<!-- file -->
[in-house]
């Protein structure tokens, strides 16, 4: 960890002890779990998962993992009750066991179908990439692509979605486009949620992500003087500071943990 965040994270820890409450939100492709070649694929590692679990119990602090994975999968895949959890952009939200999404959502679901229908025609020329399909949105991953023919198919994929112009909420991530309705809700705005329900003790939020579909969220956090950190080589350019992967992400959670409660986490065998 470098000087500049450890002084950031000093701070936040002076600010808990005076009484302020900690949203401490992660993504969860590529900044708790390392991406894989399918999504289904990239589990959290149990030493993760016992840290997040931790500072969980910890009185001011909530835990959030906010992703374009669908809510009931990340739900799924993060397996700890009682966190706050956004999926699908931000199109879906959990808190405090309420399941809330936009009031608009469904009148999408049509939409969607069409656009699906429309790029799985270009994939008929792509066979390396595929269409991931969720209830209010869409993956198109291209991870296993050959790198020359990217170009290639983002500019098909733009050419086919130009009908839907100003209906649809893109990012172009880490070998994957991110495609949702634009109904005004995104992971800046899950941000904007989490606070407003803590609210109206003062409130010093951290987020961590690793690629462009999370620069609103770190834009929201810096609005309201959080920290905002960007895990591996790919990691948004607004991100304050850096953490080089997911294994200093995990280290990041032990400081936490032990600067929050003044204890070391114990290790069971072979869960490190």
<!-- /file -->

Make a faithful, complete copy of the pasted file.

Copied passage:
[in-house]
């Protein structure tokens, strides 16, 4: 960890002890779990998962993992009750066991179908990439692509979605486009949620992500003087500071943990 965040994270820890409450939100492709070649694929590692679990119990602090994975999968895949959890952009939200999404959502679901229908025609020329399909949105991953023919198919994929112009909420991530309705809700705005329900003790939020579909969220956090950190080589350019992967992400959670409660986490065998 470098000087500049450890002084950031000093701070936040002076600010808990005076009484302020900690949203401490992660993504969860590529900044708790390392991406894989399918999504289904990239589990959290149990030493993760016992840290997040931790500072969980910890009185001011909530835990959030906010992703374009669908809510009931990340739900799924993060397996700890009682966190706050956004999926699908931000199109879906959990808190405090309420399941809330936009009031608009469904009148999408049509939409969607069409656009699906429309790029799985270009994939008929792509066979390396595929269409991931969720209830209010869409993956198109291209991870296993050959790198020359990217170009290639983002500019098909733009050419086919130009009908839907100003209906649809893109990012172009880490070998994957991110495609949702634009109904005004995104992971800046899950941000904007989490606070407003803590609210109206003062409130010093951290987020961590690793690629462009999370620069609103770190834009929201810096609005309201959080920290905002960007895990591996790919990691948004607004991100304050850096953490080089997911294994200093995990280290990041032990400081936490032990600067929050003044204890070391114990290790069971072979869960490190």